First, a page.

Kigali: In today’s busy world, there are few opportunities for researchers, policy advisors, and top decision-makers in government and industry to meet and share ideas, data, and evidence.
This was the goal of a national policy dialogue organized by the Ministry of Agriculture and Animal Resources (MINAGRI), the Economic Policy Network of Rwanda (EPRN), and the International Food Policy Research Institute (IFPRI) in conjunction with the EPRN Annual Research Conference, Compact 2025, and the Food Security Portal, with support from the European Union.
The dialogue aimed to strengthen the links between policy decision-makers and the research community in in support of Rwanda’s Fourth Strategic Plan for Agricultural Transformation 2018-24 (PSTA IV), and ultimately, to improve nutrition, food security, and food systems resilience. The dialogue recognizes the remarkable progress that Rwanda has made in the past two decades, highlighted by rapid economic growth and sharp reductions in poverty.
During this period, the country has emerged as a leader among sub-Saharan African countries in promoting innovation, gender equality, and an enabling business environment. The government remains strongly committed to ambitious development goals, efficiency and transparency in implementation, strong collaboration with the private sector, and diplomacy through regional and global partnerships.
As a result, Rwanda’s economy has enjoyed unprecedented growth of 7.8 percent per year between 1997 and 2017, and an overall decrease in the poverty rate from 60.4 percent in 2000 to 38.2 percent in 2016/17. These encouraging trends present a unique opportunity for Rwanda to accelerate its agenda for sustainable development and inclusive growth by placing greater emphasis on agricultural transformation and rural development.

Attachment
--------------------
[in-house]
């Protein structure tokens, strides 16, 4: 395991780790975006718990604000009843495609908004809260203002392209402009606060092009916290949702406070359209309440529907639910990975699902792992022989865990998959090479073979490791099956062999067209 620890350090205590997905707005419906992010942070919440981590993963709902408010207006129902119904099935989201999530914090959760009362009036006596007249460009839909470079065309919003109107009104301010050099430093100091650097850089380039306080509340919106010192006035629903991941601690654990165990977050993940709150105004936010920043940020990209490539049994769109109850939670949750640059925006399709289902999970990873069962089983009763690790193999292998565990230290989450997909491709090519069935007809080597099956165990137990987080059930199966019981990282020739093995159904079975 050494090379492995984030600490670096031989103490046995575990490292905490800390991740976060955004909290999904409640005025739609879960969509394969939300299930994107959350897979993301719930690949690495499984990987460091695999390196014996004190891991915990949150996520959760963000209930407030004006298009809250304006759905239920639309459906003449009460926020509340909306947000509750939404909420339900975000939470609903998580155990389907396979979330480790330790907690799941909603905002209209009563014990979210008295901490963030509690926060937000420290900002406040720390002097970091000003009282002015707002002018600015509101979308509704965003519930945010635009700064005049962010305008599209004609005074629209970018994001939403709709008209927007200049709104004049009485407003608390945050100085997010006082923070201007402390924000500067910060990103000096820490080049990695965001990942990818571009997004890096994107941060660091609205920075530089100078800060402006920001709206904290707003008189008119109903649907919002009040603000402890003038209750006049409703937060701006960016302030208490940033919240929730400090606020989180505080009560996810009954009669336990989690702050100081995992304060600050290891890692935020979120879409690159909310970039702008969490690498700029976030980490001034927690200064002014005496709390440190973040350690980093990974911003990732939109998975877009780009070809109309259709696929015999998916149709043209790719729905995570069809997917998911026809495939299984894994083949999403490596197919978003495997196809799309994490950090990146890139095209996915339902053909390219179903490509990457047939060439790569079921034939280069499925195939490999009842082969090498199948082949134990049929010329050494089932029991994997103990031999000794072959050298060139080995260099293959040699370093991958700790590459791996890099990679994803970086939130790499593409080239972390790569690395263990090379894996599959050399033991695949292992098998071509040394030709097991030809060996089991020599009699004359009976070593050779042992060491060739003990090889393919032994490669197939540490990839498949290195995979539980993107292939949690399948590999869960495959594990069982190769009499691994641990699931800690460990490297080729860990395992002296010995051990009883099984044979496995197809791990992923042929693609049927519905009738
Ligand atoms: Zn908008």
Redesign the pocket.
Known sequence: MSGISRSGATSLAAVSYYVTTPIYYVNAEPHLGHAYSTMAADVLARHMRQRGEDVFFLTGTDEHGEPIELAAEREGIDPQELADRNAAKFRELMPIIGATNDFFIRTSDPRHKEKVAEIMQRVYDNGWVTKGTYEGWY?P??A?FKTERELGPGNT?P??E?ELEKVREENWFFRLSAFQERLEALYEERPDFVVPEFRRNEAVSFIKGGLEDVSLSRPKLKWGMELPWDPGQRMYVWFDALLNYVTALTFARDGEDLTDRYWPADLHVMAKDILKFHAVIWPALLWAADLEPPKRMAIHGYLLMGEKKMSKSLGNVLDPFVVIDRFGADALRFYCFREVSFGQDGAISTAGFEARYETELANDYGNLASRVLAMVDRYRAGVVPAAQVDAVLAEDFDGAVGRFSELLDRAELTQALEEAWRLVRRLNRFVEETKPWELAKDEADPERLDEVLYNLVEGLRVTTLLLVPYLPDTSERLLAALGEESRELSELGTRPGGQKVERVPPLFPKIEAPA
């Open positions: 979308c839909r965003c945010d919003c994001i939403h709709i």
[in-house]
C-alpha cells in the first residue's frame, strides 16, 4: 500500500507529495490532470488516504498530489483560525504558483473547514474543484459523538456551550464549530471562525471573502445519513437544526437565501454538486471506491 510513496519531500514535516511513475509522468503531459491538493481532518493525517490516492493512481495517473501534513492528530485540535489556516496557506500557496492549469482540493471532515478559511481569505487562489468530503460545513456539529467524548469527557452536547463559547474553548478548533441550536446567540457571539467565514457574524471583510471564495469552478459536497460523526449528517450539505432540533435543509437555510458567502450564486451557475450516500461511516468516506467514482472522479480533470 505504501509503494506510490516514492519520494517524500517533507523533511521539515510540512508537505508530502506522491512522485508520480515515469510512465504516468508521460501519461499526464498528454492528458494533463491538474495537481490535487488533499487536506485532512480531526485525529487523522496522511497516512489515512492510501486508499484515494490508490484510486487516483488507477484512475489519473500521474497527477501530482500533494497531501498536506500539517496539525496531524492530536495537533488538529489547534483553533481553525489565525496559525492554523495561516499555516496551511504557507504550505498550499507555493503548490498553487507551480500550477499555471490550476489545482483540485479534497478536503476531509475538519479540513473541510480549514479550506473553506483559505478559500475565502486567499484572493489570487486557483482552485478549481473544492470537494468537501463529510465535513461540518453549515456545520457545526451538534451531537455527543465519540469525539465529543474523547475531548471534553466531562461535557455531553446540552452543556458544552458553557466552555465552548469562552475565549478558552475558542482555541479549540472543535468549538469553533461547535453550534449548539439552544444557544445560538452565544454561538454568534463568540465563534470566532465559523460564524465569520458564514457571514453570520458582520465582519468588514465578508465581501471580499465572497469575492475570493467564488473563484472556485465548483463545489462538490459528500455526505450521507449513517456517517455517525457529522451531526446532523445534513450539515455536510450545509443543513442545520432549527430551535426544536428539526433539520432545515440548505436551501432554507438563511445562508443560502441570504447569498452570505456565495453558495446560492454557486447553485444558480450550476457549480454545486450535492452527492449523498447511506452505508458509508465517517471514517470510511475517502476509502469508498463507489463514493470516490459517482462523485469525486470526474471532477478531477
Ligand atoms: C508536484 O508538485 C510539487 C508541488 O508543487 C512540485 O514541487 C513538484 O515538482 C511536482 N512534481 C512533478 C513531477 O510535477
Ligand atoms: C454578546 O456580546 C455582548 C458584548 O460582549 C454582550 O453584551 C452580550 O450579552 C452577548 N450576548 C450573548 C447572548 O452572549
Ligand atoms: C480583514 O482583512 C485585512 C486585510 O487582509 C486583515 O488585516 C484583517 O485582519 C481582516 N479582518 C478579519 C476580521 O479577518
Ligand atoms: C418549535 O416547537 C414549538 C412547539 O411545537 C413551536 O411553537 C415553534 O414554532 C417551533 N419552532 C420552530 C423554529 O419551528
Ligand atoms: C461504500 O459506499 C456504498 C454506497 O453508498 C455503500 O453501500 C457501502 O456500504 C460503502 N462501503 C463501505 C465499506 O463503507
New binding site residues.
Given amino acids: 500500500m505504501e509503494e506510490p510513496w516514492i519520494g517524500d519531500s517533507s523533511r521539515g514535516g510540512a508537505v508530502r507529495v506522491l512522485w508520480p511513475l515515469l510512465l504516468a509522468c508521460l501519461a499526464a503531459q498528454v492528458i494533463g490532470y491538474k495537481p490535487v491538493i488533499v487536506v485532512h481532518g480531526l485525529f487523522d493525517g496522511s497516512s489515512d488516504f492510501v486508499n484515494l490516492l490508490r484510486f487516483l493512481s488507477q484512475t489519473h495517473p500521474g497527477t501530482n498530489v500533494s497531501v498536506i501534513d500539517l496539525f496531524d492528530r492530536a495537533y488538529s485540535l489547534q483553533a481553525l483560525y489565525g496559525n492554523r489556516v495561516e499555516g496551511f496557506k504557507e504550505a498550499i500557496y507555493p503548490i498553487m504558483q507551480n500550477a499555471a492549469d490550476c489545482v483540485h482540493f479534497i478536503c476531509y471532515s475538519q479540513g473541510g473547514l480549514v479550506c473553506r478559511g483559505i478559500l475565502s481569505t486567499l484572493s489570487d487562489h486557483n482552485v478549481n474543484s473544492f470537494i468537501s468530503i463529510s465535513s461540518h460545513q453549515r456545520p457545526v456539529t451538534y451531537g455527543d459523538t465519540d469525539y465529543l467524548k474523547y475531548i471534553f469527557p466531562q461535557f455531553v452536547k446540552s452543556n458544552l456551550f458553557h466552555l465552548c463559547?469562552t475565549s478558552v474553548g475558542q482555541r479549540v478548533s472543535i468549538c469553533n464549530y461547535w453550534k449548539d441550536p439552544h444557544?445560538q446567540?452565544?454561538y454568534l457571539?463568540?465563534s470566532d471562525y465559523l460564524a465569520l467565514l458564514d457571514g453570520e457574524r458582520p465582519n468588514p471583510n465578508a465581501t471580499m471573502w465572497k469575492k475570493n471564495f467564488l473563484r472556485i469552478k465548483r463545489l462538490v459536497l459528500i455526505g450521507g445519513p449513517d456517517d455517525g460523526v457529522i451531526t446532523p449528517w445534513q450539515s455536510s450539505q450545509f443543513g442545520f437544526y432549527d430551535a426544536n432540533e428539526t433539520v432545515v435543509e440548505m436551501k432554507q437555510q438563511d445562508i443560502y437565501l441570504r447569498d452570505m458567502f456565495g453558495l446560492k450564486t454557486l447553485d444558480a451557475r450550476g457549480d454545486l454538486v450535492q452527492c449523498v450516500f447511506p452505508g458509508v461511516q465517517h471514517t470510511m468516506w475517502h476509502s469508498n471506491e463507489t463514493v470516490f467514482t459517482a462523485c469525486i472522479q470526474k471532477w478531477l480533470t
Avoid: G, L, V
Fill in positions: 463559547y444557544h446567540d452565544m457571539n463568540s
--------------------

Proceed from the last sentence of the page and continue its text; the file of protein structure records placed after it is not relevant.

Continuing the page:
This means harnessing the demographic dividend of the country’s rural youth, mobilizing farmers’ participation in sustainable intensification and the modernization of agriculture, and diversifying the wider agri-food system through nutrition sensitive agriculture, nonfarm rural enterprise development, export promotion, and private investment.
It is in this context that productive capacities are a central theme to transforming Rwanda’s agriculture and its rural economy. Increased productive capacity can accelerate this transformation via several important pathways: through natural capital – the land, soil, water and natural resource base that agriculture depends on; through labor and human capital, or the effort, know-how, and innovative capabilities of farmers and rural entrepreneurs; and through markets for credit, inputs, technology, commodities, and value-added products.
The PSTA IV highlights the importance of building these productive capacities in Rwanda. The policy dialogue was highlighted by panel discussions and extensive Q&A sessions designed to engage not only high-level leaders in both research and policymaking, but also up-and coming members of these communities, including mid-level policy analysts from MINAGRI, lecturers from the University of Rwanda, members of the EPRN network, students, and youth.
These individuals will play a critical role in Rwanda’s development, and their engagement in policy and research at all levels is important to ensuring the success of their future contribution. WHAT: A National Policy Dialogue on Policy Research and Communication: “Building Productive Capacities for Rwanda’s Agricultural Transformation, Rural Development, and Food Security”, a part of the Annual Conference of the Economic Policy Research Network (EPRN). (End)